Embedded Change Management contributes to Organizational Resiliency
The Oxford Dictionary defines resilient as “able to withstand or recover quickly from difficult conditions.” Recognizable behaviors that make a person resilient include a positive attitude, optimism, perseverance, and the ability to see failure as a form of helpful feedback. A classic example of a resilient person is someone with the fortitude and mental toughness to repeatedly withstand personal or professional challenges, and who inevitably comes out ahead each time.
But is resilience is a learned skill or an inherited trait? Current research suggests that resilience is primarily learned and is often developed out of the challenge to maintain confidence and self-sufficiency. Additionally, what researchers are learning about resilience is that it’s a characteristic embodied not only by individuals, but also by teams and organizations. Organizational involves being adaptable, agile, responsive, and robust.
One tried-and-true method organizations can use to cultivate organizational resiliency is the development of Organizational Change Management (OCM) capabilities (including Leadership Alignment, Governance, Stakeholder Analysis & Engagement, Change Analytics, Communication Strategies, and Project Management) that become embedded in the organization’s culture.
In the recent Successful Change Management Practices in the Public Sector Report developed from the 2016 Changing Government Workplace Survey, we found that successful organizations employ similar embedded Change Management strategies to mitigate effects. Organizations should:
- Recognize and learn from past organizational change initiatives: Identify what worked, what didn’t, and why from past initiatives. Regard future organizational change as both a challenge and an opportunity.
- Develop an OCM Center of Excellence (CoE): Create an active community that collects and shares OCM experiences, knowledge, and best practices and whose purpose is to advance OCM organizational awareness and capabilities.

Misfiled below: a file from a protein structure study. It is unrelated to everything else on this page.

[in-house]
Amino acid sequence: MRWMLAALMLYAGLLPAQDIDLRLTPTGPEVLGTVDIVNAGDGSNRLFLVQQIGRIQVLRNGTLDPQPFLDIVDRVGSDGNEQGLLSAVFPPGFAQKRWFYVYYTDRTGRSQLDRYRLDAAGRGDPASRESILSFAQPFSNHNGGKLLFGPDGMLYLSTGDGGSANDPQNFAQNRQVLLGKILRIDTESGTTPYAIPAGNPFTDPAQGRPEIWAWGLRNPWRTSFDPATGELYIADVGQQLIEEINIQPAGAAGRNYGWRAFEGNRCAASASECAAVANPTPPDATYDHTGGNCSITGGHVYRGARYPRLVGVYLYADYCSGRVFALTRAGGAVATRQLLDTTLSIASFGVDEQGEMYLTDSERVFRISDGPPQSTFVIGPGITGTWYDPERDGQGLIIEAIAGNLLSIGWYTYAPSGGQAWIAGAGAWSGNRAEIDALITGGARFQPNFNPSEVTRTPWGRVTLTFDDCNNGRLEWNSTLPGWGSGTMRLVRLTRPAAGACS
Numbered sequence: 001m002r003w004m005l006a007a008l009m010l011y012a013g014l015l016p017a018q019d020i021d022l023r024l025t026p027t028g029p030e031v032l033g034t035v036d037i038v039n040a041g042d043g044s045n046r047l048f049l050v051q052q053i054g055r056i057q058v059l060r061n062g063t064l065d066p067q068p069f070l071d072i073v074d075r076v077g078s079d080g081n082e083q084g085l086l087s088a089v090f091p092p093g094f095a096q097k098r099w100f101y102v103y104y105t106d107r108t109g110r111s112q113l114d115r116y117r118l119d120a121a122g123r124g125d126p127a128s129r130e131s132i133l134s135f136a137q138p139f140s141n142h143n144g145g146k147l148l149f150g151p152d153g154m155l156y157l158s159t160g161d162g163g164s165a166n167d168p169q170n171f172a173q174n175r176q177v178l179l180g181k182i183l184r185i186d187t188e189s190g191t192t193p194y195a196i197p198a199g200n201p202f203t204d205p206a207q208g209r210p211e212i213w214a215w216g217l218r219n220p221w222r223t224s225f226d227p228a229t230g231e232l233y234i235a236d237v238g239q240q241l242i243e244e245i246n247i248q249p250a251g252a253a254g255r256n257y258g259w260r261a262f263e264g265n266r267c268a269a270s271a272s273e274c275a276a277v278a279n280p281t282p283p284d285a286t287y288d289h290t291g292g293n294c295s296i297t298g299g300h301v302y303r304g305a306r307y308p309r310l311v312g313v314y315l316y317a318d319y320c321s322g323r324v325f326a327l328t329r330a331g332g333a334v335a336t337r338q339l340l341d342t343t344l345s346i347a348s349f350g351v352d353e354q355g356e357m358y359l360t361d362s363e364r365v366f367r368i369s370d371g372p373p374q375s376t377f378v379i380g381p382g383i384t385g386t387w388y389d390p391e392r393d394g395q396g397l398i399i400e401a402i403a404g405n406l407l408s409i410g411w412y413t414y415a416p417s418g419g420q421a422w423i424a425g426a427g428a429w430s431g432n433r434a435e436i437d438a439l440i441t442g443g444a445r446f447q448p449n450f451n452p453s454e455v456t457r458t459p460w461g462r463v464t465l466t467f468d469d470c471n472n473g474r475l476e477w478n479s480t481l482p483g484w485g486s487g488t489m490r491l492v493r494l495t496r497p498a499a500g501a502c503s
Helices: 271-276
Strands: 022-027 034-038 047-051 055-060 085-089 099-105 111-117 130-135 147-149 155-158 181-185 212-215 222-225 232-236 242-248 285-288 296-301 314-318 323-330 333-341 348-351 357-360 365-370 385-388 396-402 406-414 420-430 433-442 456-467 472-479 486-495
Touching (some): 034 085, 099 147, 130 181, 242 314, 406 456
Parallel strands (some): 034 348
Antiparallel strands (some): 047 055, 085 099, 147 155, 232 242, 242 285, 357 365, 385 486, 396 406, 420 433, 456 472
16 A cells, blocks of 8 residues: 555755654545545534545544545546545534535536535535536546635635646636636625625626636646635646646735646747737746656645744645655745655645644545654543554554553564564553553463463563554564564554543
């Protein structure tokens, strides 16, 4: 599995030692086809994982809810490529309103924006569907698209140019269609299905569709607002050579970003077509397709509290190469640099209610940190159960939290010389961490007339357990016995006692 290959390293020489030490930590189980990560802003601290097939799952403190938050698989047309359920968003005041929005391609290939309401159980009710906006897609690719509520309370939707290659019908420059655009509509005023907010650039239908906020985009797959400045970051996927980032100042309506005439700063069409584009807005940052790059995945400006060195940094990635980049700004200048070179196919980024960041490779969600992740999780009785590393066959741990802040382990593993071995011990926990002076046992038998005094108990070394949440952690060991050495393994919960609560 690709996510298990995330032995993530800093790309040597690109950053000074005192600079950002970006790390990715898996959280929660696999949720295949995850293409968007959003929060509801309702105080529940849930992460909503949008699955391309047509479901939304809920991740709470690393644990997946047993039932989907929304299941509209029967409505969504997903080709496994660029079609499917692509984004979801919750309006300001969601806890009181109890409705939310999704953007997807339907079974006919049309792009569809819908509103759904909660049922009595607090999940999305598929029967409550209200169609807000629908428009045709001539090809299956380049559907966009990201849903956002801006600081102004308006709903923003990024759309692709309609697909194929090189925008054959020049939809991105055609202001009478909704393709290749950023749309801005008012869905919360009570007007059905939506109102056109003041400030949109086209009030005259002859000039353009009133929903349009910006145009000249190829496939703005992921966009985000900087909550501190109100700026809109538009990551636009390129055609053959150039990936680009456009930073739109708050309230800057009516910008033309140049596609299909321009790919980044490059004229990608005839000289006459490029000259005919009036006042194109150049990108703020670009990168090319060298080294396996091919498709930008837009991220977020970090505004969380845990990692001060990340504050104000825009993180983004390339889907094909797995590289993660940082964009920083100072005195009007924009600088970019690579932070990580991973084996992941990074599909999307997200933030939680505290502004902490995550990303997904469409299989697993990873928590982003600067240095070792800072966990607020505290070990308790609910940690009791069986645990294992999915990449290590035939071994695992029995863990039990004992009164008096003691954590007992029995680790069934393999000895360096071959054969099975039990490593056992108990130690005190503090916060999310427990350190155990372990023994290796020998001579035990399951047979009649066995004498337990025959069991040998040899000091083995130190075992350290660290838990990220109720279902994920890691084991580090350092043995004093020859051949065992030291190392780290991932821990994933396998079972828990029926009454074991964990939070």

- Integrate, coordinate, and communicate across the various operational disciplines and organizational divisions: Make it a normal practice to engage and share information broadly so that effective communication practices (both push and pull) become an organizational asset long before difficult change happens.
- Operationalize an enterprise-wide OCM approach: Adopt or develop a standardized methodology and toolkit that will be taught throughout the organization and used during change initiatives. Establish high-level critical success factors for change. Identify potential OCM risk factors and develop mitigation strategies.
- Leverage Change Agents before, during, and after change initiatives: Identify a pool of employees representing a cross-section of the organization who are recognized as evangelists of their own innovative practices and problem solvers who have the answers. These will be the go-to influencers helping to build grassroots momentum for future change.
The benefits of developing a resilient organization far outweigh the effort to develop organizational change capabilities. An organization that is capable of rapidly adapting to change will benefit from a workforce that is better equipped and prepared to support the organization’s strategic priorities, adapt to technological advances, adjust to leadership transitions, and respond unfettered during times of conflict.
What additional methods should organizations use to build resiliency?